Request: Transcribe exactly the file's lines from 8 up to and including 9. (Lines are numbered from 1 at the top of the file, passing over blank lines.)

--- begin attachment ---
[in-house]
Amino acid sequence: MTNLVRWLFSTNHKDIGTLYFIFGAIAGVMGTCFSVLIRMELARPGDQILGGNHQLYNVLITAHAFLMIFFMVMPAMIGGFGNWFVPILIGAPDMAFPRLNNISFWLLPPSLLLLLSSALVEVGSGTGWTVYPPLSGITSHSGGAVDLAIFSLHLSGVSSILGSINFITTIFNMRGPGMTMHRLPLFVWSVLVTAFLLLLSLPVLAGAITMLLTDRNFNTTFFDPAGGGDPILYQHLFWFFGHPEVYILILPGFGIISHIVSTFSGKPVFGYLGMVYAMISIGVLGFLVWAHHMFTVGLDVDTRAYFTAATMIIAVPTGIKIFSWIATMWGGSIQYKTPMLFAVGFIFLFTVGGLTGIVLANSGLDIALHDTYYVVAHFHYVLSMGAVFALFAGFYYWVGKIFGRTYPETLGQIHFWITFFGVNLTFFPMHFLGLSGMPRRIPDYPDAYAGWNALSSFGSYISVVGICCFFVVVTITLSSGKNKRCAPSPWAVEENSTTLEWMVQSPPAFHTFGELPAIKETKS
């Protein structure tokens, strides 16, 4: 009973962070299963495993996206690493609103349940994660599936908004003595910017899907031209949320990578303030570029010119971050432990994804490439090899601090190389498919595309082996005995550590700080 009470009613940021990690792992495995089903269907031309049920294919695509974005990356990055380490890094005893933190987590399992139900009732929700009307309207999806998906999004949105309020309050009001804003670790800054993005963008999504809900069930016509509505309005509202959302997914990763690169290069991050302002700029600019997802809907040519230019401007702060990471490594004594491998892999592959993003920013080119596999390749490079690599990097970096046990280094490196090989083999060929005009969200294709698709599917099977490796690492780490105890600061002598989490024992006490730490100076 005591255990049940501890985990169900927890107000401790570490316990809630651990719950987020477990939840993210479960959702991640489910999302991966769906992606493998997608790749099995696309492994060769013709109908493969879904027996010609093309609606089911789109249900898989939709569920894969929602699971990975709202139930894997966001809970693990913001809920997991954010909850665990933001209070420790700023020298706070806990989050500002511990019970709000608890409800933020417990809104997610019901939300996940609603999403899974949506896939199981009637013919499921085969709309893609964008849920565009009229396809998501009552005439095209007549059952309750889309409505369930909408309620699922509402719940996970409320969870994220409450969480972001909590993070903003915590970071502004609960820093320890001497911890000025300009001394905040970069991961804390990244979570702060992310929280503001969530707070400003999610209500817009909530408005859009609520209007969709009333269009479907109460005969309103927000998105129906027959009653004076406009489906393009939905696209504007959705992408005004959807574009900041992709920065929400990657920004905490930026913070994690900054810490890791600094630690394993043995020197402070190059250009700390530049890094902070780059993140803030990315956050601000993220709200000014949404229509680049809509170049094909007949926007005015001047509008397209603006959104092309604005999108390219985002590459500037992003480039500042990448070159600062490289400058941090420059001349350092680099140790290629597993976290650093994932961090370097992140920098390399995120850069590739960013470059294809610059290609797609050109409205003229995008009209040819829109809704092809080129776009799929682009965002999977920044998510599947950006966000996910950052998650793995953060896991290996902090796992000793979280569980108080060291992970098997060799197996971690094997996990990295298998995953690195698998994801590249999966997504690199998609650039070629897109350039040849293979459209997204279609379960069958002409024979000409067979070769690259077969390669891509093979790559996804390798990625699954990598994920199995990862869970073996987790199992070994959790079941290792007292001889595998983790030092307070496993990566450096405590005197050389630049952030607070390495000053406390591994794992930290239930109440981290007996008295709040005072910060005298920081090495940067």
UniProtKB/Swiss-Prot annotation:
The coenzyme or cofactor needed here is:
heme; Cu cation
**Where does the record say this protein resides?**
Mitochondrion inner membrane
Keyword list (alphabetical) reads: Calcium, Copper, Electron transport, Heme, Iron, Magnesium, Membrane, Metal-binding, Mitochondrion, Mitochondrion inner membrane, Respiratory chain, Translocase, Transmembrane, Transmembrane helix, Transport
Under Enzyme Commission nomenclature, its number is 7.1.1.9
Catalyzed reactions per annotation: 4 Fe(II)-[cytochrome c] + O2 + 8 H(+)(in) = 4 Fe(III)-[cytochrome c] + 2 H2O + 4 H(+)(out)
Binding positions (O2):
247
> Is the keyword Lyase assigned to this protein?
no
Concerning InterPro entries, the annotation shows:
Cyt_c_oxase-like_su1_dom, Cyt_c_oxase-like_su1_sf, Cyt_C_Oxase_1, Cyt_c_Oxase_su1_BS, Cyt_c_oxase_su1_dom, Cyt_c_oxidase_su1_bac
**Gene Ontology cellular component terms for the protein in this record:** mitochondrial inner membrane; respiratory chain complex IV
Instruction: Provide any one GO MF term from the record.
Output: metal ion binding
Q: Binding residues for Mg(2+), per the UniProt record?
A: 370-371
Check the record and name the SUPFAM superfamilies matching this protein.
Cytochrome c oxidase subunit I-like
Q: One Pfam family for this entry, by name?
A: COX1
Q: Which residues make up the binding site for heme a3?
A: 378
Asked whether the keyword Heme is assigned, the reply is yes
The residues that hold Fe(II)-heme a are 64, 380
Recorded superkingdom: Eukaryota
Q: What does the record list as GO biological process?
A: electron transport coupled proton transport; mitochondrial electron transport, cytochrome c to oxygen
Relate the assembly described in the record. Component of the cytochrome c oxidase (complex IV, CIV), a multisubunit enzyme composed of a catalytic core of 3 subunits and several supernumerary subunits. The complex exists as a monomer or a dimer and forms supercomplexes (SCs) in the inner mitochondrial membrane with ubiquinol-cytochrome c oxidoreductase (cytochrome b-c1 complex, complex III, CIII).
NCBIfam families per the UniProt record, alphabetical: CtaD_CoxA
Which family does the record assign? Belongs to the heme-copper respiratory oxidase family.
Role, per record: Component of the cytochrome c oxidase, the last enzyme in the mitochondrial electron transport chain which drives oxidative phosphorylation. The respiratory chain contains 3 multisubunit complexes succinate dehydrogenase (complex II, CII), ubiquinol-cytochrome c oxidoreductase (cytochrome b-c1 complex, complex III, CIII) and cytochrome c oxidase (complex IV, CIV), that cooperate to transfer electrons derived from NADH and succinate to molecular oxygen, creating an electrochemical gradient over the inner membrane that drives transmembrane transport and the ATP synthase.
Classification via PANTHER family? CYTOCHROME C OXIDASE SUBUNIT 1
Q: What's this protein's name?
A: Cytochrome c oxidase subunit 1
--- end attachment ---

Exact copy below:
Mitochondrion inner membrane
Keyword list (alphabetical) reads: Calcium, Copper, Electron transport, Heme, Iron, Magnesium, Membrane, Metal-binding, Mitochondrion, Mitochondrion inner membrane, Respiratory chain, Translocase, Transmembrane, Transmembrane helix, Transport